The previous year I had written a melody with a phrase in the middle that sounded suspiciously like the title phrase of "Pretty Baby". I had changed the notes in that phrase, then abandoned the melody because it no longer sounded good to me. Now that I needed to find references to standards, I took it off the shelf, put the original phrase back in (it sounded good again) and turned it into a big band arrangement. At the end I blatantly used a whole four-bar melody "Greasy Gravy". Aha! A food title as well as a popular song!
The finished piece wasn't very long and didn't have enough weight to it, so I knew it was only the first half of the music I would present to the Sardinian band.
Luckily, the best was yet to come. I consider "Awful Coffee",* the second half, to be my crowning achievement. A resistant problem spot in the melody was solved by overhearing a rooster crowing at his hens. I used that sound wherever I needed it in the piece, justified by the fact that chicken is a common food. But that wasn't all. During one chorus I was able to quote six different songs with food references: "Salt Peanuts", "You're the Cream in My Coffee", "Watermelon Man", "Life is Just a Bowl of Cherries", "Hey Pete, Let's Eat More Meat", and "Tea for Two".** This more than qualified the piece for inclusion in both the "Appearing Nightly" and "Dinner Music" programs.
I was determined to record the music live in a nightclub. It had to be recorded during our European summer tour and the club had to be big. One place came immediately to mind. We had played the New Morning in Paris regularly and our audience there had always been large and enthusiastic. One phone call and it was ours for two nights toward the end of the tour. For a moment I imagined my band coming to work wearing matching jackets and bowties. I could sweep my hair up and put on a sparkling cocktail dress. We could hire a blues singer. I would smile sweetly at the audience and dedicate a song to the little boy and his father in the front row. Between sets we would drink highballs and smoke cigarettes. Then I came to my senses. It's hard enough to get the musicians out of their jogging pants and sneakers. The highballs might have a few takers, but cigarettes? Any reference to the past would have to be delivered musically.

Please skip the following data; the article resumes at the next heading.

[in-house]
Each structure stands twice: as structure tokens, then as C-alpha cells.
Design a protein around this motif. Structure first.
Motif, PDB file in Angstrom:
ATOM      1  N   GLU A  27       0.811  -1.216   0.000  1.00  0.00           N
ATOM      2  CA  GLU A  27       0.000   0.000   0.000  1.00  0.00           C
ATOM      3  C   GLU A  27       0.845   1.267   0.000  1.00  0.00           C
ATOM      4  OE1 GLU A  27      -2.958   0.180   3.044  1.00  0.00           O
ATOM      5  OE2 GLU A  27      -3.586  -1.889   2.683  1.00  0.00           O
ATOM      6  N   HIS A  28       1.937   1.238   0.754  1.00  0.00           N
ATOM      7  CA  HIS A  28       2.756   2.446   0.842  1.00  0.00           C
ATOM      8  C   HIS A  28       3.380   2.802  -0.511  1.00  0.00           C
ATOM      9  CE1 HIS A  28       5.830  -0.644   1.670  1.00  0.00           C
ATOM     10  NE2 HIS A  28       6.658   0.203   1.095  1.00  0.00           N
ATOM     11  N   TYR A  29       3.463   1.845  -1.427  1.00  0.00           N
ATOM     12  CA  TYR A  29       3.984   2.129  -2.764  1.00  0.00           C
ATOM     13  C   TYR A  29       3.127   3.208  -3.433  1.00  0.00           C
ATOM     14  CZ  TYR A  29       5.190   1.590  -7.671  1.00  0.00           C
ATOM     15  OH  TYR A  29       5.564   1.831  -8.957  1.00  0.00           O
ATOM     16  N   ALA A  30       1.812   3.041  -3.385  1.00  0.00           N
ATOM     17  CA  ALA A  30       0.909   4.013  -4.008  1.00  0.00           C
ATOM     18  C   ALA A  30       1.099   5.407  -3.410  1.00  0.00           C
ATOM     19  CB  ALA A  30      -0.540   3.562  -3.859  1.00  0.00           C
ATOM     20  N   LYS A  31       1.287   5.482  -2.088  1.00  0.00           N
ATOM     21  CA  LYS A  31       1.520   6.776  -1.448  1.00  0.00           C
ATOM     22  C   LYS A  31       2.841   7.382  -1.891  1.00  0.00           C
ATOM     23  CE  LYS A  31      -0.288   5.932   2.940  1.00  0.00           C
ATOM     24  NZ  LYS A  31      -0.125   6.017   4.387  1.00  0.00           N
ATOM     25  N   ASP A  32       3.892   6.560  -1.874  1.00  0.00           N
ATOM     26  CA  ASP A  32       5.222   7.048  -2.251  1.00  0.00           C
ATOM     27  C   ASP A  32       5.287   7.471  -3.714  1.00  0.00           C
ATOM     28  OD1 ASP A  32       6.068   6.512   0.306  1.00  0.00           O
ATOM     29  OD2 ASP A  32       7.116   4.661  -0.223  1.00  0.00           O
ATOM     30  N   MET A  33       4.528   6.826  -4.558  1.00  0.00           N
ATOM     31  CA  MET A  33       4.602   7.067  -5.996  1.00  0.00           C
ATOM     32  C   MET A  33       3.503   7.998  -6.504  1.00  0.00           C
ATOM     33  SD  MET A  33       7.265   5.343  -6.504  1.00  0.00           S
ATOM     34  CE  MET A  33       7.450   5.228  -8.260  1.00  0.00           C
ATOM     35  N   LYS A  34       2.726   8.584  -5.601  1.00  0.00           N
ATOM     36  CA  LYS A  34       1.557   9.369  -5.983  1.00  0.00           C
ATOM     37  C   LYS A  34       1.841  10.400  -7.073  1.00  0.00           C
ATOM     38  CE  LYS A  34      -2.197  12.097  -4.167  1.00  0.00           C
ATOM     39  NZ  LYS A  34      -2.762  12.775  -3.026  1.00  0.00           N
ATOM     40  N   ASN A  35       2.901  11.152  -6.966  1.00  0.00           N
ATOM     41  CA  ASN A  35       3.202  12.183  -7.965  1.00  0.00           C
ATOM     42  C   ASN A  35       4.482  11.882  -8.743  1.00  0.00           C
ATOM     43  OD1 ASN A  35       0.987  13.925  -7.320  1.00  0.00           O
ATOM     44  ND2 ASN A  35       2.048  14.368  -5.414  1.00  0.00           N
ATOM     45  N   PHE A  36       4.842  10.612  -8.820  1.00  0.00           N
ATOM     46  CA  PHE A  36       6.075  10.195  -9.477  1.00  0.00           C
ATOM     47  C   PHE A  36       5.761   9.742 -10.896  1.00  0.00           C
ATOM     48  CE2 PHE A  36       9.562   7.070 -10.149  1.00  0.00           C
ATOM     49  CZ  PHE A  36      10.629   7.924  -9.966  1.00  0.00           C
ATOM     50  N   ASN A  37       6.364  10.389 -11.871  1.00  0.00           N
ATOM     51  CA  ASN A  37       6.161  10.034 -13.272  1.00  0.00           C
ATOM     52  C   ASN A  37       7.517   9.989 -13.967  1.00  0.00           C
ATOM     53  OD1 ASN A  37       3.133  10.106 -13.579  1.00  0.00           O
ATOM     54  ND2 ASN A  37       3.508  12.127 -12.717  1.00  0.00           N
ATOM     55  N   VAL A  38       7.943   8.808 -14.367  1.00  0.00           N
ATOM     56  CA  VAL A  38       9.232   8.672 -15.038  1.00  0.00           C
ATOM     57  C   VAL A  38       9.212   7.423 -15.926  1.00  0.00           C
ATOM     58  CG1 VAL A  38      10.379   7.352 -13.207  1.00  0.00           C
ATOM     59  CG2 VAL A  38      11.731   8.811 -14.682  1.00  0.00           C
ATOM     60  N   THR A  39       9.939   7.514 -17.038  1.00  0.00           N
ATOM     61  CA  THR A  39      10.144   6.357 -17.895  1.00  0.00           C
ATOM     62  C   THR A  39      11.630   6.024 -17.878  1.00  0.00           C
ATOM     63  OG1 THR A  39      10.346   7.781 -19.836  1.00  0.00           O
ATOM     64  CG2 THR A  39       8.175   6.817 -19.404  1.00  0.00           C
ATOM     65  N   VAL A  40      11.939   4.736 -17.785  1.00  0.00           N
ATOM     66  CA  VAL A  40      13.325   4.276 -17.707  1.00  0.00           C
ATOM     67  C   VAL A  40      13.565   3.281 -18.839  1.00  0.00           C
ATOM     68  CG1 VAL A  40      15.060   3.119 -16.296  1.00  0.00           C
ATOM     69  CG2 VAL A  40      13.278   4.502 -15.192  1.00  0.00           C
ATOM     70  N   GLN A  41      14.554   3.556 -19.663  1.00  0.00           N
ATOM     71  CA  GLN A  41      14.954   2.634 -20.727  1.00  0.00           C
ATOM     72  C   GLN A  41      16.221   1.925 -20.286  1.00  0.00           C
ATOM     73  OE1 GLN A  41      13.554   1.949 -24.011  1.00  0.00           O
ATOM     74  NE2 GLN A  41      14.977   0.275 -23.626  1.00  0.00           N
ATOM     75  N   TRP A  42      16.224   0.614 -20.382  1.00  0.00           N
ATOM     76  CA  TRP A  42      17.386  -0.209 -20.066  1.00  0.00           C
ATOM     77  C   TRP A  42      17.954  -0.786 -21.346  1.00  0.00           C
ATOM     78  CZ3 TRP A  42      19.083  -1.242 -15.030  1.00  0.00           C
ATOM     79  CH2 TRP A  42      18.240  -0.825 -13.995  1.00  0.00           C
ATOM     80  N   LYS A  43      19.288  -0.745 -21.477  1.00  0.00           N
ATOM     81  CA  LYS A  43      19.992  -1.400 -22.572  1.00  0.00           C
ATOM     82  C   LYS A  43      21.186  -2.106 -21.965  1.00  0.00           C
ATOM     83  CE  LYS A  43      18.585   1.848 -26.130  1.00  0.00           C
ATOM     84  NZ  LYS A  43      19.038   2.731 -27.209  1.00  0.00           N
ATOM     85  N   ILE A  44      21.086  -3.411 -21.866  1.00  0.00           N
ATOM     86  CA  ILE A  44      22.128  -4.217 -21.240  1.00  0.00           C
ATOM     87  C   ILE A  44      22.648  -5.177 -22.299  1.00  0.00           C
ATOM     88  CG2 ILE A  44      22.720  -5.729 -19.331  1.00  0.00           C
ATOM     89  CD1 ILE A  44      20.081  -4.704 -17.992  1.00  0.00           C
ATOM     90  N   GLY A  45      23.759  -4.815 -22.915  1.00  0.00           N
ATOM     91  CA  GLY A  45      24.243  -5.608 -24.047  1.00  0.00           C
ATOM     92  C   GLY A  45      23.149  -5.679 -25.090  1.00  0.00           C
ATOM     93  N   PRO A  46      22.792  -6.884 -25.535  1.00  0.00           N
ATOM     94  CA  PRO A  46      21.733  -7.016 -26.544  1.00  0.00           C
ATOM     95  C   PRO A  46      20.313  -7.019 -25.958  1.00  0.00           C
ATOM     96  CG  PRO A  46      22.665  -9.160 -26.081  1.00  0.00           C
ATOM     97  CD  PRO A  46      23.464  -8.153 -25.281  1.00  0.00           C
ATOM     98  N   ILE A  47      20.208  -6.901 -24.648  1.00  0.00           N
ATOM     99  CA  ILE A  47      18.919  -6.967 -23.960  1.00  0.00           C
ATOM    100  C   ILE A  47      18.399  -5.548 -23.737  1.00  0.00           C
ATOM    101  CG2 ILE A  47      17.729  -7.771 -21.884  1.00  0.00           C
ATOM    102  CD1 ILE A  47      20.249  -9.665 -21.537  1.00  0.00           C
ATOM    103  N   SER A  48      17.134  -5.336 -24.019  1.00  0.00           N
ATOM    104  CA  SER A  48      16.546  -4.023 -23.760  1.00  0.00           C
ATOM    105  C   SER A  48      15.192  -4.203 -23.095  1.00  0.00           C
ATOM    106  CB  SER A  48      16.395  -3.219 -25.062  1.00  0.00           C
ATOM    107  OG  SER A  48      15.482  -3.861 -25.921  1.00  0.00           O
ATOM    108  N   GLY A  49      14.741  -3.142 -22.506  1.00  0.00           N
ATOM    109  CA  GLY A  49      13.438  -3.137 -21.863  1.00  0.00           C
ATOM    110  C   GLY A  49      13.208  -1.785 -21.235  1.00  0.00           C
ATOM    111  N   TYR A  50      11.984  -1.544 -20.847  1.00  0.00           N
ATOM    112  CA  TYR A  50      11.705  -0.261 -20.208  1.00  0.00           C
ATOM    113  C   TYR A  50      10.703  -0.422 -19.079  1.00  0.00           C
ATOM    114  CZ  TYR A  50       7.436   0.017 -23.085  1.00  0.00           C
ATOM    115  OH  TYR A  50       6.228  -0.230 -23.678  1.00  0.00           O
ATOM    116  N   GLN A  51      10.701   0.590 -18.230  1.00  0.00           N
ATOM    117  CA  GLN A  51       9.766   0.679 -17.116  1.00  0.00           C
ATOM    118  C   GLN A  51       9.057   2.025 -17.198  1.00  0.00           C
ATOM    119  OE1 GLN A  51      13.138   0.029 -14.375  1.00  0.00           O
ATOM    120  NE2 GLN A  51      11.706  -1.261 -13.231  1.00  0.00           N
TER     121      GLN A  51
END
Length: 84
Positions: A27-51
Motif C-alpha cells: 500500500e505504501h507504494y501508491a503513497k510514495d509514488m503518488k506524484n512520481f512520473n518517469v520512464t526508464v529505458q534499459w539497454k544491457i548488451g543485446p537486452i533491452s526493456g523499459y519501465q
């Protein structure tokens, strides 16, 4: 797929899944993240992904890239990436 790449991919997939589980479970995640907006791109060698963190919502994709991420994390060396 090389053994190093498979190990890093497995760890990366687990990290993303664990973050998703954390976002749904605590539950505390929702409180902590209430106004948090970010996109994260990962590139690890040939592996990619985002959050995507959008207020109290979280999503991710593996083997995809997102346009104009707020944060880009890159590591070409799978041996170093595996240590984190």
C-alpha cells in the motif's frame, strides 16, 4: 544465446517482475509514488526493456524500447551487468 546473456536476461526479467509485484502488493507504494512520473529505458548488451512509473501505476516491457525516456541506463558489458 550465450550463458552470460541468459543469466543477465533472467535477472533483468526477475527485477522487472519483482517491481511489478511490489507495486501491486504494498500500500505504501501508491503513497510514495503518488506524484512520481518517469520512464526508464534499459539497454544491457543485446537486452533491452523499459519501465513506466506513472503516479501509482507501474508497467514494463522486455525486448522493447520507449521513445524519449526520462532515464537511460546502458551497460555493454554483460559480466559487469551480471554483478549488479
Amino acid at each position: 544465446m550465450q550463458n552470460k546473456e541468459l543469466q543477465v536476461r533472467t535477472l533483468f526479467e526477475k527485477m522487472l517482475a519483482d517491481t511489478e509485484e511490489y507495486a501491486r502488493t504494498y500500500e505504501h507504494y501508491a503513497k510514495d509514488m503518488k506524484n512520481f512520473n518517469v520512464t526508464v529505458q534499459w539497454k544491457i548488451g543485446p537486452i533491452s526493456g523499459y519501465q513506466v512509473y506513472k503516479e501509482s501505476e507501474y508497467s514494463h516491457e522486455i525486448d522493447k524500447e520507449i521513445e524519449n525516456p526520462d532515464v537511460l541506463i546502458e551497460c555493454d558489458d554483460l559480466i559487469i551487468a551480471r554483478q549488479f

We hired Gerard de Haro of Studio La Buissonne to record the two nights. He took over the club's dressing room and turned it into a control room full of machines and engineers. It was impossible to get separation between the instruments, so no mistakes could be fixed, but in return we got an intimate sound with lots of atmosphere. It was just what I had envisioned for the album; we couldn't bring back the past, but this was a chance to pay our respects to the wonderful big bands and great American songwriters that dominated American popular music in the first half of the 20th century.
- Carla Bley